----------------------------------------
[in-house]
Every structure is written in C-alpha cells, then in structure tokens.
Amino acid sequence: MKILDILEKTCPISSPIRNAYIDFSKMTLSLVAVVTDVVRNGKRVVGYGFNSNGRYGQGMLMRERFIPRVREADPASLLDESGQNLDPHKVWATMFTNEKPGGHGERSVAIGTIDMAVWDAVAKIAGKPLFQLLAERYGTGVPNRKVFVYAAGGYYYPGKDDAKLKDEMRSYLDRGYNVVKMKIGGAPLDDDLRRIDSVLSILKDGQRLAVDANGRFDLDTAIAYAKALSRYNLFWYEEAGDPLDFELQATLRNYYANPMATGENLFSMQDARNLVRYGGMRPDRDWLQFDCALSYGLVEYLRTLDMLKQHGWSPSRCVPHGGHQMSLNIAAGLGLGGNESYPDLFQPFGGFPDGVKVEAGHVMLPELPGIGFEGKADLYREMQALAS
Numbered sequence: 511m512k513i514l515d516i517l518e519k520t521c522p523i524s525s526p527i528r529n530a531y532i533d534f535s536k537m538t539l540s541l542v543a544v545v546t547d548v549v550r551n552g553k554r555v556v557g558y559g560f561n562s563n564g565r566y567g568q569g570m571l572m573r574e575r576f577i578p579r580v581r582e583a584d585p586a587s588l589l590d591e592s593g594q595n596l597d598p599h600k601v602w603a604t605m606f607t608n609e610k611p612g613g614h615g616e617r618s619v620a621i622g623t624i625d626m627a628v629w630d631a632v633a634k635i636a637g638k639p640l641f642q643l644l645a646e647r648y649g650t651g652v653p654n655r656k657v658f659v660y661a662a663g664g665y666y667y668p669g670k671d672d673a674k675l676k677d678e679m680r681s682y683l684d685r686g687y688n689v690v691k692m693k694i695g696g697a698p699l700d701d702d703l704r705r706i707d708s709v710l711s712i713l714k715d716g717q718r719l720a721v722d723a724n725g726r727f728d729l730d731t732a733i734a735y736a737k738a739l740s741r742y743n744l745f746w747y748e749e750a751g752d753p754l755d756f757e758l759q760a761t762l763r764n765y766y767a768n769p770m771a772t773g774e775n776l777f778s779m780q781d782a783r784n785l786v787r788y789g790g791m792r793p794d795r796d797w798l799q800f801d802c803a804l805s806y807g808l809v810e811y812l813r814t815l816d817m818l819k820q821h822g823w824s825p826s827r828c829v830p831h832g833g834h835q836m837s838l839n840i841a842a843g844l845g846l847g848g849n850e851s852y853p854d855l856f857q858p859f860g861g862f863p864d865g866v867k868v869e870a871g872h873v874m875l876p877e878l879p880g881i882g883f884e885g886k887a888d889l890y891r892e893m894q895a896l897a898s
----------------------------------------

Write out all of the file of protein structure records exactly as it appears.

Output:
[in-house]
Every structure is written in C-alpha cells, then in structure tokens.
Amino acid sequence: MKILDILEKTCPISSPIRNAYIDFSKMTLSLVAVVTDVVRNGKRVVGYGFNSNGRYGQGMLMRERFIPRVREADPASLLDESGQNLDPHKVWATMFTNEKPGGHGERSVAIGTIDMAVWDAVAKIAGKPLFQLLAERYGTGVPNRKVFVYAAGGYYYPGKDDAKLKDEMRSYLDRGYNVVKMKIGGAPLDDDLRRIDSVLSILKDGQRLAVDANGRFDLDTAIAYAKALSRYNLFWYEEAGDPLDFELQATLRNYYANPMATGENLFSMQDARNLVRYGGMRPDRDWLQFDCALSYGLVEYLRTLDMLKQHGWSPSRCVPHGGHQMSLNIAAGLGLGGNESYPDLFQPFGGFPDGVKVEAGHVMLPELPGIGFEGKADLYREMQALAS
Numbered sequence: 511m512k513i514l515d516i517l518e519k520t521c522p523i524s525s526p527i528r529n530a531y532i533d534f535s536k537m538t539l540s541l542v543a544v545v546t547d548v549v550r551n552g553k554r555v556v557g558y559g560f561n562s563n564g565r566y567g568q569g570m571l572m573r574e575r576f577i578p579r580v581r582e583a584d585p586a587s588l589l590d591e592s593g594q595n596l597d598p599h600k601v602w603a604t605m606f607t608n609e610k611p612g613g614h615g616e617r618s619v620a621i622g623t624i625d626m627a628v629w630d631a632v633a634k635i636a637g638k639p640l641f642q643l644l645a646e647r648y649g650t651g652v653p654n655r656k657v658f659v660y661a662a663g664g665y666y667y668p669g670k671d672d673a674k675l676k677d678e679m680r681s682y683l684d685r686g687y688n689v690v691k692m693k694i695g696g697a698p699l700d701d702d703l704r705r706i707d708s709v710l711s712i713l714k715d716g717q718r719l720a721v722d723a724n725g726r727f728d729l730d731t732a733i734a735y736a737k738a739l740s741r742y743n744l745f746w747y748e749e750a751g752d753p754l755d756f757e758l759q760a761t762l763r764n765y766y767a768n769p770m771a772t773g774e775n776l777f778s779m780q781d782a783r784n785l786v787r788y789g790g791m792r793p794d795r796d797w798l799q800f801d802c803a804l805s806y807g808l809v810e811y812l813r814t815l816d817m818l819k820q821h822g823w824s825p826s827r828c829v830p831h832g833g834h835q836m837s838l839n840i841a842a843g844l845g846l847g848g849n850e851s852y853p854d855l856f857q858p859f860g861g862f863p864d865g866v867k868v869e870a871g872h873v874m875l876p877e878l879p880g881i882g883f884e885g886k887a888d889l890y891r892e893m894q895a896l897a898s